Eurydactylodes agricolae, a gecko species endemic to New Caledonia, is referred to as the "Prehensile-Tailed Gecko, Chameleon Gecko or Buer's Chameleon Gecko." Despite its real identification, the nickname "chameleon" has been bestowed upon it for its shared traits with chameleons – its remarkable ability to change color and prehensility of its tail. This gecko's color-changing proficiency aids in camouflage, communication, and thermal regulation. Eurydactylodes agricolae's captivating trait of changing hues to blend with its surroundings has sparked fascination among herpetologists and enthusiasts, leading to its colloquial association with chameleons.

Carphodactylus laevis, commonly known as the "Smooth Knob-Tailed Gecko", is a species native to Australia's arid regions. Despite its actual classification, it is occasionally referred to as the "Chameleon Gecko" due to certain unique characteristics. This gecko exhibits an ability to adjust its skin color to a limited extent, resembling the color-changing trait of chameleons. Additionally, the knob-like structure at the end of its tail, which aids in camouflaging and deterring predators, may draw comparisons to the distinctive features of chameleons. These factors contribute to the misnomer and the occasional association with chameleons among enthusiasts and observers.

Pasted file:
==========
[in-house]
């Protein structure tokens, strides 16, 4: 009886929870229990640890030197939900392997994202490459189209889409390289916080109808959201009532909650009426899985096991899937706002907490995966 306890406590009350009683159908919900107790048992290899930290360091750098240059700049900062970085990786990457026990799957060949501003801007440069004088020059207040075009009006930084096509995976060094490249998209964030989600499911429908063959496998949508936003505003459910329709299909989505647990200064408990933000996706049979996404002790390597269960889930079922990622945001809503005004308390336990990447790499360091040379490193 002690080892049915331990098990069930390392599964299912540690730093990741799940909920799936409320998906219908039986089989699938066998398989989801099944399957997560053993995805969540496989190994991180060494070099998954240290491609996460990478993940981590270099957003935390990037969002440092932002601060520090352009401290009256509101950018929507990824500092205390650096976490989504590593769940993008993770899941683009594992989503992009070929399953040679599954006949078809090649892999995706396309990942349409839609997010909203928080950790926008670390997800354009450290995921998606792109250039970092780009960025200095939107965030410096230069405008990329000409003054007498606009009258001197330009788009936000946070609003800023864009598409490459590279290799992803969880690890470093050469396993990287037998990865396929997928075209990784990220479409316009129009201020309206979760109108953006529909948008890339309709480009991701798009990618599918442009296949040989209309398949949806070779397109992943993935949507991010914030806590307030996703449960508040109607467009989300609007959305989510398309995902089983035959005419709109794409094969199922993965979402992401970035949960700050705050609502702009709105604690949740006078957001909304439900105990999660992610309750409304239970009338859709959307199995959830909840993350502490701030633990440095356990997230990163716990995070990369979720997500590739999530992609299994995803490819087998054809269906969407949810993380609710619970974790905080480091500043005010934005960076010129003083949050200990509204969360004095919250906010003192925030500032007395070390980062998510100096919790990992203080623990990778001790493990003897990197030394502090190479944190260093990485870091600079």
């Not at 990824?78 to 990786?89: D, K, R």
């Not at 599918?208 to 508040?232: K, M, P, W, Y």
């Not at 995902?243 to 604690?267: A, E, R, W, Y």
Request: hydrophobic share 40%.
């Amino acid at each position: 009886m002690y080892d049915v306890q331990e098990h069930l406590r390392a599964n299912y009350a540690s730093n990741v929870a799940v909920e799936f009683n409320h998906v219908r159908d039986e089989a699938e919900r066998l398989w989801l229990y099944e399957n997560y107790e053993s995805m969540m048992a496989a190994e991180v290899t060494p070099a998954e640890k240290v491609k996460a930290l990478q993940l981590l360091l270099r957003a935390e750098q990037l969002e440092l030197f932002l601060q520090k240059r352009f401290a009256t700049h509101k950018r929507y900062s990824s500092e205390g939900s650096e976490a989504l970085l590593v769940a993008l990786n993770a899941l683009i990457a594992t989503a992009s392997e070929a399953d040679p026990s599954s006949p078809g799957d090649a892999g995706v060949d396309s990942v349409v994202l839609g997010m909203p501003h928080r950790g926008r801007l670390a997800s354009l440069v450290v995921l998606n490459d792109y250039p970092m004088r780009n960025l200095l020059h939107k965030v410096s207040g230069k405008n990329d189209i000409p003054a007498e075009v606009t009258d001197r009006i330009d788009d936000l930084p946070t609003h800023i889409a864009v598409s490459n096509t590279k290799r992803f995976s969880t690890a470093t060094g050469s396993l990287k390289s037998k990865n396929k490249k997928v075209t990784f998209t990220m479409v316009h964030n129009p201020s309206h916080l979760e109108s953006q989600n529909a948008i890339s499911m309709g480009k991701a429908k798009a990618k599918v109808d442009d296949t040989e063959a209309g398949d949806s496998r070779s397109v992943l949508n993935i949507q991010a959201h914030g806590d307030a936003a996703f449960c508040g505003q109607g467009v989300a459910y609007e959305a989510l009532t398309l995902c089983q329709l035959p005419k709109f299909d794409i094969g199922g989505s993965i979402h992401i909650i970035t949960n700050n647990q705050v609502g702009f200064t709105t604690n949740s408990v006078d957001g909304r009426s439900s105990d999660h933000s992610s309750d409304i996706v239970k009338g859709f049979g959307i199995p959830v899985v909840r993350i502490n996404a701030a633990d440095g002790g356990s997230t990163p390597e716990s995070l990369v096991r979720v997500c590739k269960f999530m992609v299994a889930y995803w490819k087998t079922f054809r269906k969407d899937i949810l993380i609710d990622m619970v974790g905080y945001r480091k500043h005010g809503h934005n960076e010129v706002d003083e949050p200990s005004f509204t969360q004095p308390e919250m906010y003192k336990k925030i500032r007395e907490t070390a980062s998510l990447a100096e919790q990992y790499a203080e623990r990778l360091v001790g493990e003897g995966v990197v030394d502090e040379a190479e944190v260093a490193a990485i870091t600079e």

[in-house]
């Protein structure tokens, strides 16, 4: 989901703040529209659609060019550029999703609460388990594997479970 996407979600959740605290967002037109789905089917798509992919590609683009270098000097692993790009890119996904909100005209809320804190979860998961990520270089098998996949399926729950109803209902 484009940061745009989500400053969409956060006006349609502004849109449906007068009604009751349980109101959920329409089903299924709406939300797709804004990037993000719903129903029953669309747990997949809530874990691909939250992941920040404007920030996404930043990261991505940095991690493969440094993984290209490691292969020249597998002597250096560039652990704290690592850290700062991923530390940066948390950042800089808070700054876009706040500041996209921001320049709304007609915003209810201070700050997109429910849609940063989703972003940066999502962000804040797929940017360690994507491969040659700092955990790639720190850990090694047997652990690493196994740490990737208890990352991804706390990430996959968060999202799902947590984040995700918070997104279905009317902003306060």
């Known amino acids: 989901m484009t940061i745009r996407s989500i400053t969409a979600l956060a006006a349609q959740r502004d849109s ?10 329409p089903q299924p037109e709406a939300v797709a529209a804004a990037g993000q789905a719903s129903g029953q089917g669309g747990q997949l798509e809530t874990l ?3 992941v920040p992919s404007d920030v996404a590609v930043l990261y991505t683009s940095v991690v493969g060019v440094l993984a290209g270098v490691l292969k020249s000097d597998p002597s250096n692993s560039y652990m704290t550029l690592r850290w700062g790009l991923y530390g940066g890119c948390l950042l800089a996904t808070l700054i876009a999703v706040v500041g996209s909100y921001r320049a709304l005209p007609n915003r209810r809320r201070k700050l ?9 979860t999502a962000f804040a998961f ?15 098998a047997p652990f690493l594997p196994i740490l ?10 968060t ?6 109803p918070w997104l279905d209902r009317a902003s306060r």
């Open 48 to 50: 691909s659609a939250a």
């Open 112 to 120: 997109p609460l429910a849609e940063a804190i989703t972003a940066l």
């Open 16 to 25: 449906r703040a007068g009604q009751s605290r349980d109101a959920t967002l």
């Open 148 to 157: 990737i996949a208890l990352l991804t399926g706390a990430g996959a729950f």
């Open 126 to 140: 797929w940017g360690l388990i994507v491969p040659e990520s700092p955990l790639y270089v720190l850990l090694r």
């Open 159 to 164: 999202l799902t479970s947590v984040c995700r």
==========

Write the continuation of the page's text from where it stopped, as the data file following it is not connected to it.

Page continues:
Gonocephalus chamaeleontinus, commonly known as the Forest Chameleon Agama, is a species of agamid lizard found in the humid forests of Southeast Asia. They typically inhabit the lowland rainforests of Malaysia, Indonesia, and Thailand. This species is characterized by their chameleon-like appearance, with the ability to change color for camouflage and display, along with a striking casque on their head. They have elongated bodies and prehensile tails, enabling them to navigate through the forest canopy with ease. The Forest Chameleon Agama primarily feeds on insects and other small invertebrates. Their name "Forest Chameleon Agama" is likely derived from their chameleon-like features and their arboreal nature in forest habitats.